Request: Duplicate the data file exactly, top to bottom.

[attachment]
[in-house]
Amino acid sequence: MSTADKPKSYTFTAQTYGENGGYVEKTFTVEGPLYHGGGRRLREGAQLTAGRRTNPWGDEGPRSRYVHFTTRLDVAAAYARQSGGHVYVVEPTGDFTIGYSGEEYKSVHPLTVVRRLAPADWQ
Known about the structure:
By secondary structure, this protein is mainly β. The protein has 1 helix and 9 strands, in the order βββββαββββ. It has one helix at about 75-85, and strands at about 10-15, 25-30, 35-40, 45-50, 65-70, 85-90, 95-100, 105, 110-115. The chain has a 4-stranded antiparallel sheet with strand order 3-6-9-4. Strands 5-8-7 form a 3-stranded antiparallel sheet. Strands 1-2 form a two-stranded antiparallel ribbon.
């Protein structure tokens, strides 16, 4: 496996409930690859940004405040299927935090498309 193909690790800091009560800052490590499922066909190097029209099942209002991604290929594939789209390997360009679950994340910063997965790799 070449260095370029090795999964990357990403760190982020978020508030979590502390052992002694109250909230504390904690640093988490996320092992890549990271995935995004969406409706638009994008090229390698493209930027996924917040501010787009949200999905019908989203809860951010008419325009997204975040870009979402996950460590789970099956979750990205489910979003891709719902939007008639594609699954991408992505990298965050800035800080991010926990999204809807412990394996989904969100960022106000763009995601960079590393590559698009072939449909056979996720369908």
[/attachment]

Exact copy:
[in-house]
Amino acid sequence: MSTADKPKSYTFTAQTYGENGGYVEKTFTVEGPLYHGGGRRLREGAQLTAGRRTNPWGDEGPRSRYVHFTTRLDVAAAYARQSGGHVYVVEPTGDFTIGYSGEEYKSVHPLTVVRRLAPADWQ
Known about the structure:
By secondary structure, this protein is mainly β. The protein has 1 helix and 9 strands, in the order βββββαββββ. It has one helix at about 75-85, and strands at about 10-15, 25-30, 35-40, 45-50, 65-70, 85-90, 95-100, 105, 110-115. The chain has a 4-stranded antiparallel sheet with strand order 3-6-9-4. Strands 5-8-7 form a 3-stranded antiparallel sheet. Strands 1-2 form a two-stranded antiparallel ribbon.
């Protein structure tokens, strides 16, 4: 496996409930690859940004405040299927935090498309 193909690790800091009560800052490590499922066909190097029209099942209002991604290929594939789209390997360009679950994340910063997965790799 070449260095370029090795999964990357990403760190982020978020508030979590502390052992002694109250909230504390904690640093988490996320092992890549990271995935995004969406409706638009994008090229390698493209930027996924917040501010787009949200999905019908989203809860951010008419325009997204975040870009979402996950460590789970099956979750990205489910979003891709719902939007008639594609699954991408992505990298965050800035800080991010926990999204809807412990394996989904969100960022106000763009995601960079590393590559698009072939449909056979996720369908």